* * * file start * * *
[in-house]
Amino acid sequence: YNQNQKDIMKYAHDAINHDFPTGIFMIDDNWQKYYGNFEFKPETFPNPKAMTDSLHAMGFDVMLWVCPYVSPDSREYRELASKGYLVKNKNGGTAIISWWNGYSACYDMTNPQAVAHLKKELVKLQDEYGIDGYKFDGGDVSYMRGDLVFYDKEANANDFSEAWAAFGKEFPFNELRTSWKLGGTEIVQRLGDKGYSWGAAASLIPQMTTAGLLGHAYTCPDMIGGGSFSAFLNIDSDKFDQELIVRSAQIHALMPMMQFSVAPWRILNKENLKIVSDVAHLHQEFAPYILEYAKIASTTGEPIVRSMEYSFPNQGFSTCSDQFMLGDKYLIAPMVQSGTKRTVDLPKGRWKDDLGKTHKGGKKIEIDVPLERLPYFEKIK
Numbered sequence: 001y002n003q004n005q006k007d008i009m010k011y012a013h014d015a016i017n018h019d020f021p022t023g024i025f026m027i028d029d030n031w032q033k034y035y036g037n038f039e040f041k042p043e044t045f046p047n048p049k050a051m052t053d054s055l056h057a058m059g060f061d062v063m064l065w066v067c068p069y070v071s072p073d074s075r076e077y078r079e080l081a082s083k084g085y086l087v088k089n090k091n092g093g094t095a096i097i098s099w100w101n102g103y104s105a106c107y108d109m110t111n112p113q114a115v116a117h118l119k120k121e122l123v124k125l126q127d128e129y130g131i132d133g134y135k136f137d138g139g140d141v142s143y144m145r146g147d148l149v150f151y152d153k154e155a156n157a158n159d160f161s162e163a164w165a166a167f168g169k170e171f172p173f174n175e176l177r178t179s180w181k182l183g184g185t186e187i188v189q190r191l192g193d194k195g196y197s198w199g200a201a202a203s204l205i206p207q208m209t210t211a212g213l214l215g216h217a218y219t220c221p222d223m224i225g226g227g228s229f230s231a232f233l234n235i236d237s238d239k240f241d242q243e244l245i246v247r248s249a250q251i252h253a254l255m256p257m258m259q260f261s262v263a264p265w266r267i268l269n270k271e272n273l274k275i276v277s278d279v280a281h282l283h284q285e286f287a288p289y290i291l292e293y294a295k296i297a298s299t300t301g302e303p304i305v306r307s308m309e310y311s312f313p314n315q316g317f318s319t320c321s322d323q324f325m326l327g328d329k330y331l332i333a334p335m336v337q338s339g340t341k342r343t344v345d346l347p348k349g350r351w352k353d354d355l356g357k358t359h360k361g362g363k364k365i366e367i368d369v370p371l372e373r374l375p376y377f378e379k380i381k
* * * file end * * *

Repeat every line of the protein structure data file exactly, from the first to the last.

[in-house]
Amino acid sequence: YNQNQKDIMKYAHDAINHDFPTGIFMIDDNWQKYYGNFEFKPETFPNPKAMTDSLHAMGFDVMLWVCPYVSPDSREYRELASKGYLVKNKNGGTAIISWWNGYSACYDMTNPQAVAHLKKELVKLQDEYGIDGYKFDGGDVSYMRGDLVFYDKEANANDFSEAWAAFGKEFPFNELRTSWKLGGTEIVQRLGDKGYSWGAAASLIPQMTTAGLLGHAYTCPDMIGGGSFSAFLNIDSDKFDQELIVRSAQIHALMPMMQFSVAPWRILNKENLKIVSDVAHLHQEFAPYILEYAKIASTTGEPIVRSMEYSFPNQGFSTCSDQFMLGDKYLIAPMVQSGTKRTVDLPKGRWKDDLGKTHKGGKKIEIDVPLERLPYFEKIK
Numbered sequence: 001y002n003q004n005q006k007d008i009m010k011y012a013h014d015a016i017n018h019d020f021p022t023g024i025f026m027i028d029d030n031w032q033k034y035y036g037n038f039e040f041k042p043e044t045f046p047n048p049k050a051m052t053d054s055l056h057a058m059g060f061d062v063m064l065w066v067c068p069y070v071s072p073d074s075r076e077y078r079e080l081a082s083k084g085y086l087v088k089n090k091n092g093g094t095a096i097i098s099w100w101n102g103y104s105a106c107y108d109m110t111n112p113q114a115v116a117h118l119k120k121e122l123v124k125l126q127d128e129y130g131i132d133g134y135k136f137d138g139g140d141v142s143y144m145r146g147d148l149v150f151y152d153k154e155a156n157a158n159d160f161s162e163a164w165a166a167f168g169k170e171f172p173f174n175e176l177r178t179s180w181k182l183g184g185t186e187i188v189q190r191l192g193d194k195g196y197s198w199g200a201a202a203s204l205i206p207q208m209t210t211a212g213l214l215g216h217a218y219t220c221p222d223m224i225g226g227g228s229f230s231a232f233l234n235i236d237s238d239k240f241d242q243e244l245i246v247r248s249a250q251i252h253a254l255m256p257m258m259q260f261s262v263a264p265w266r267i268l269n270k271e272n273l274k275i276v277s278d279v280a281h282l283h284q285e286f287a288p289y290i291l292e293y294a295k296i297a298s299t300t301g302e303p304i305v306r307s308m309e310y311s312f313p314n315q316g317f318s319t320c321s322d323q324f325m326l327g328d329k330y331l332i333a334p335m336v337q338s339g340t341k342r343t344v345d346l347p348k349g350r351w352k353d354d355l356g357k358t359h360k361g362g363k364k365i366e367i368d369v370p371l372e373r374l375p376y377f378e379k380i381k